The Type A Personality


Posted on 10th Jul 2014

I have just dealt with a Type A personality on the telephone and thought I'd cover the subject in the blog. At first, and being a Type A myself, I could feel my blood rising a little, but when I realised that the conversation was just very direct I adjusted my expectations and the result was a very satisfactory outcome.

Some of the attributes associated with the Type A personality are competitiveness, work focus and directness. Some people see Type As, particularly those of an opposite type, as aggressive and rude. In conversation, for example, a Type A might cut immediately to the chase whereas a Type B personality might prefer some preamble, even if it's just a 'how are you?'

This is a valid requirement, because it can take people by surprise to suddenly cut to the chase and they can feel as though they are 'on the spot'. This is a particularly stressful feeling for a Type B personality. In team dynamics there are various models which explore personality types. People are all different but we tend to have preferences, and it can help to understand what those might be.

More than anything a team dynamic programme will start conversations and one of the key questions in developing high performing work teams is for everyone to ask and be asked how they prefer to be treated.

In a nutshell here is some advice for Type A and Type B personalities:

1. Understand that everyone is different but that does not mean that they are always predictable. Understanding how people prefer to be treated just increases the odds of success.

2. Understand the differences in the personalities, why we take things personally and how to choose your reaction when things happen.

3. If a Type A is being direct they may not be being rude. In fact two Type A's will have as many problems communicating as A to B.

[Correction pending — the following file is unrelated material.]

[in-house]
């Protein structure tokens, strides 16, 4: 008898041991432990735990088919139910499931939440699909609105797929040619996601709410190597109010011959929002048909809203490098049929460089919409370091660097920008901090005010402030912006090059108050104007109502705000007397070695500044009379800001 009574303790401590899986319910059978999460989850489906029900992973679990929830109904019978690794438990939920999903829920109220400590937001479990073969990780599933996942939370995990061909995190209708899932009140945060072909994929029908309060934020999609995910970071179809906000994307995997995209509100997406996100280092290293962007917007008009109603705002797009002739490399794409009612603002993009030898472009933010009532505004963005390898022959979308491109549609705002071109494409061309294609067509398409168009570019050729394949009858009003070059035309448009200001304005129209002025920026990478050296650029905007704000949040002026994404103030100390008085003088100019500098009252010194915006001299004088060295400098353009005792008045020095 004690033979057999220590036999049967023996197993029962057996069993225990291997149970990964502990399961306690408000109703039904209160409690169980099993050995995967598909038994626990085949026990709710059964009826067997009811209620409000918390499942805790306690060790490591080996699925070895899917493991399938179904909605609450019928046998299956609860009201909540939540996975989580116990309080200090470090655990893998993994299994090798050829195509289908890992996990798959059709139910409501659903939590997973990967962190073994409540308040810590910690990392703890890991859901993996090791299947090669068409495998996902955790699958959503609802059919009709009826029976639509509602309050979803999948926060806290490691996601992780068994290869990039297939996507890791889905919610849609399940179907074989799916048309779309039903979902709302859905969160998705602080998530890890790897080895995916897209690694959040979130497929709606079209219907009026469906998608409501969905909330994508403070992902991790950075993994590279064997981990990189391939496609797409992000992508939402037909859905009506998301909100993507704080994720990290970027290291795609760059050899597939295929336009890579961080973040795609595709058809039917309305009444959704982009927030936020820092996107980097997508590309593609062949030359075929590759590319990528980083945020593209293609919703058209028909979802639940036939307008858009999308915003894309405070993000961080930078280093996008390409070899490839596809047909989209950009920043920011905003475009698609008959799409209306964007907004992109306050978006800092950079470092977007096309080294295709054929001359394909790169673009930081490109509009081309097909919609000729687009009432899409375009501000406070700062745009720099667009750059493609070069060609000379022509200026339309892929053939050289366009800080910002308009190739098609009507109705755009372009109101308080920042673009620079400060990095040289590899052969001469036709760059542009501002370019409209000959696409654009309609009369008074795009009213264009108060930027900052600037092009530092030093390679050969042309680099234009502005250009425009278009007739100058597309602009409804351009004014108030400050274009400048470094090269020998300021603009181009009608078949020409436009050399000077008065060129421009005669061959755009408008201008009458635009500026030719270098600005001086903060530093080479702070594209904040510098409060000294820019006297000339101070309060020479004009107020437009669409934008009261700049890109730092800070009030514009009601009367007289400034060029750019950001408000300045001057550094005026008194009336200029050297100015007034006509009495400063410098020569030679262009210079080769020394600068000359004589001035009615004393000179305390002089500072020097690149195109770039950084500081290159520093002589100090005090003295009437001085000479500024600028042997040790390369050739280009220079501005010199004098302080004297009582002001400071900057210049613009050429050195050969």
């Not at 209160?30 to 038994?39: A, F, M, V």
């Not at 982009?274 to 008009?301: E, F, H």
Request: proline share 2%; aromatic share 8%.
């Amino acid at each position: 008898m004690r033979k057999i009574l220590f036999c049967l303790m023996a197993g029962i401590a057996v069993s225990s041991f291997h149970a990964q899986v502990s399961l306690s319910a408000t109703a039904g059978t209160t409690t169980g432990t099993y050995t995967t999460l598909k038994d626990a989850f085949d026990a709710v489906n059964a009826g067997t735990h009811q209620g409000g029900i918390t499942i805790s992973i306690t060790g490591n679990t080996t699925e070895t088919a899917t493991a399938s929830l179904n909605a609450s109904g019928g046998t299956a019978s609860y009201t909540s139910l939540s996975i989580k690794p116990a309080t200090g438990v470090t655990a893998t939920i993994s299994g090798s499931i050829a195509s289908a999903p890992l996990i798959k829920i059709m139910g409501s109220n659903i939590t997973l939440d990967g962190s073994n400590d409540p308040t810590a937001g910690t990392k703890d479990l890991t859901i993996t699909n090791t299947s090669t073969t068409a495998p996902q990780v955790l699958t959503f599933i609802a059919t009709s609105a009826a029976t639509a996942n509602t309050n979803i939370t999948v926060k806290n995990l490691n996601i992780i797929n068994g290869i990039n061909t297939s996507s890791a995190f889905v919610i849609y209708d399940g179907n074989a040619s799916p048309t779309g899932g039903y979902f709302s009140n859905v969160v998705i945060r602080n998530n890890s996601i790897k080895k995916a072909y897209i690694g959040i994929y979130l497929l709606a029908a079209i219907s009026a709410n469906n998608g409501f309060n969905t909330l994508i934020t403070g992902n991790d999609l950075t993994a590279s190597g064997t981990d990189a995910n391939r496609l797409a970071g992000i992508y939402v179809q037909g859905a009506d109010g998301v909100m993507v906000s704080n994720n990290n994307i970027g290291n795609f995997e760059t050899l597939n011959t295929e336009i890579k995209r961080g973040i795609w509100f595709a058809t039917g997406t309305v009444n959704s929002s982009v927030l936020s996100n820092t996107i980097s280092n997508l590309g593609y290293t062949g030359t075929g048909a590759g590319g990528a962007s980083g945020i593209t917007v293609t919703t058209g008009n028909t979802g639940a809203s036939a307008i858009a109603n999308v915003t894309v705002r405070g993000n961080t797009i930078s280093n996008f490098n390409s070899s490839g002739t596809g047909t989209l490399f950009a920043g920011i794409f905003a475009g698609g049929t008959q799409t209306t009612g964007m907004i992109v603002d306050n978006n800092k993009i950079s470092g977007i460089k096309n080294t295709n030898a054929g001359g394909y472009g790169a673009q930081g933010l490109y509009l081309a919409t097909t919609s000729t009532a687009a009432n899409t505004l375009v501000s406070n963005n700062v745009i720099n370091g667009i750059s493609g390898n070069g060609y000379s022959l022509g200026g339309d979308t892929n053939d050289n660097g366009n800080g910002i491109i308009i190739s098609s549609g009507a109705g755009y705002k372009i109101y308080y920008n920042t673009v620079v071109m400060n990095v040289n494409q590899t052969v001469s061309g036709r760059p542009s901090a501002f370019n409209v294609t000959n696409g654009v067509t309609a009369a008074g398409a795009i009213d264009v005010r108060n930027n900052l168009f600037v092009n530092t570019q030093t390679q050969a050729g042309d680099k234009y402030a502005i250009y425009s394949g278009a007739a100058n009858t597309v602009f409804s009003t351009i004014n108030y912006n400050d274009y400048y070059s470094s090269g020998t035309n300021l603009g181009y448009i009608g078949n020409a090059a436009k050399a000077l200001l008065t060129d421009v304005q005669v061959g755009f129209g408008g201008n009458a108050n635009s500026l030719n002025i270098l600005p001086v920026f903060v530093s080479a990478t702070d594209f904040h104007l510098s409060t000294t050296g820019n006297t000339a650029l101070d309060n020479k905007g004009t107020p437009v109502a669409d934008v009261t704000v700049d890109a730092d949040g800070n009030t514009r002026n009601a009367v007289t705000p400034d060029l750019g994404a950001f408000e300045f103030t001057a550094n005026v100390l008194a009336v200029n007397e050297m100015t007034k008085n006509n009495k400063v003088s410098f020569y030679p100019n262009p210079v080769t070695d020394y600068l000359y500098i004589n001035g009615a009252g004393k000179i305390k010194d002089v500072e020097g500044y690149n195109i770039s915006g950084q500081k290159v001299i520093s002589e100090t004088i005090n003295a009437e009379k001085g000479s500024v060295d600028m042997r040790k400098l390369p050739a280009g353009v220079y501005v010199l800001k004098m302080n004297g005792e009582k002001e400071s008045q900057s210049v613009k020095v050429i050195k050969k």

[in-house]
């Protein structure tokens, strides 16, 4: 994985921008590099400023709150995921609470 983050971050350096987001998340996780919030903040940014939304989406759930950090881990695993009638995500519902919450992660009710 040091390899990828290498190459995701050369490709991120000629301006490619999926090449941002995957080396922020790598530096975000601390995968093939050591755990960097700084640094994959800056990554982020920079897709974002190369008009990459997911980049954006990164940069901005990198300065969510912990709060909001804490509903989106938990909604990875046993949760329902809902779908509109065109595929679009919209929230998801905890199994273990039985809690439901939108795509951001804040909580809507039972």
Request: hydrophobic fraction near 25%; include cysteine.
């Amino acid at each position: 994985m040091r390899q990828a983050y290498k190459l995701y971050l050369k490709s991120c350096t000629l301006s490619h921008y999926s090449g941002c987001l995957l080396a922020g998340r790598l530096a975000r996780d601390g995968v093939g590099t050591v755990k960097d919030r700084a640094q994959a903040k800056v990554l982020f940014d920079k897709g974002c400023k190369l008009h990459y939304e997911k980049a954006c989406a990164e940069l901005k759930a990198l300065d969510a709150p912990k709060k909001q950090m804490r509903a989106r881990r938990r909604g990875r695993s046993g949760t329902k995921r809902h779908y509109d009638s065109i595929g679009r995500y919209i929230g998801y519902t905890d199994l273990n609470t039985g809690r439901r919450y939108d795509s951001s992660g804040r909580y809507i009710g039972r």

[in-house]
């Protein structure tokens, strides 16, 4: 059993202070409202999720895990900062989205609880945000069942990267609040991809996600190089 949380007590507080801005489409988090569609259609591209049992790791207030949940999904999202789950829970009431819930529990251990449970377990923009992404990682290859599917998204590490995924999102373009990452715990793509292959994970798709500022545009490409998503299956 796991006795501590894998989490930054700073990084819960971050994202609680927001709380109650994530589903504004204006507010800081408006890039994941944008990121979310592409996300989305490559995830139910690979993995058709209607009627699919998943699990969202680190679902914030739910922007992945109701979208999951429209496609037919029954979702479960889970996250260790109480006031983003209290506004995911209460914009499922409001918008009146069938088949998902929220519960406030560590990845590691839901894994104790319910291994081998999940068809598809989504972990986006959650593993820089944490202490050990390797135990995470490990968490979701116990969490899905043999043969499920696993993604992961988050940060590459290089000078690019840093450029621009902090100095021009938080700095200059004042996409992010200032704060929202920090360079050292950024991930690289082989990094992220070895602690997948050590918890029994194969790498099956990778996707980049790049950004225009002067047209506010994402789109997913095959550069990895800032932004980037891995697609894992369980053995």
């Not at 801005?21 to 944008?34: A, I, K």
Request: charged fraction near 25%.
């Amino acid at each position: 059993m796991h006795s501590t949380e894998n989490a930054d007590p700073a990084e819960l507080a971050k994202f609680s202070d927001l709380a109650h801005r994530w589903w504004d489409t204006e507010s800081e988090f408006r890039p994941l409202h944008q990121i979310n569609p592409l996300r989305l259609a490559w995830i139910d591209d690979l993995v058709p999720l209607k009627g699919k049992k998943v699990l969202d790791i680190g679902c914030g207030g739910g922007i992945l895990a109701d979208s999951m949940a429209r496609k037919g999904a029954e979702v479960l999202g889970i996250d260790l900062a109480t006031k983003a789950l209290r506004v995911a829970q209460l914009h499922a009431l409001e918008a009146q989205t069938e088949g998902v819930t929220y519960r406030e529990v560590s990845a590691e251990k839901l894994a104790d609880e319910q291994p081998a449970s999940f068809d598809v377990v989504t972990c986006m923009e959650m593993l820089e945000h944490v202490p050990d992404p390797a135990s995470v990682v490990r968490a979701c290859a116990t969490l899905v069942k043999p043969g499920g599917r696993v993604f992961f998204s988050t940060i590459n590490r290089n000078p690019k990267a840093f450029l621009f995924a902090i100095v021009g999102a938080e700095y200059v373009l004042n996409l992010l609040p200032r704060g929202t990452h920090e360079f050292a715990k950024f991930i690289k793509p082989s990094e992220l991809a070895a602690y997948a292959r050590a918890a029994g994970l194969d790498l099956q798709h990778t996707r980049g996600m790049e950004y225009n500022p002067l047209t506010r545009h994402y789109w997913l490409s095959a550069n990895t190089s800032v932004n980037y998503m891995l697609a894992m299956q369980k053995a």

4. A Type B's need for a soft introduction into a conversation is not weakness.

5. If a Type A wants to get the best out of a Type B ask them how they are. Then genuinely listen or it won't seem authentic.

6. Experienced Type A's will retain details about people in their team such as their partner's name, children and sports clubs that they follow and, occasionally, they might ask about them.

7. Type B personalities may need to up the pace, just as Type As may need to slow it down a little. The best solution, if possible, is to meet in the middle.

8. In all cases of dealing with people about whom you have reservations make sure that you respect what they are good at. See the good as well as the faults. This will answer the 'why should I bother?' question, also known as What's In It For Me?

9. Learn about dealing with personality types and enjoy using what you learn. Relationships are fascinating and what you learn at work can help in all areas of life.

10. Sometimes all of us just need to throw our toys out of the pram. No-one is superhuman.

This is a fascinating area and we can provide various programmes based around personality and working styles. We can advise you on the best one for your team.

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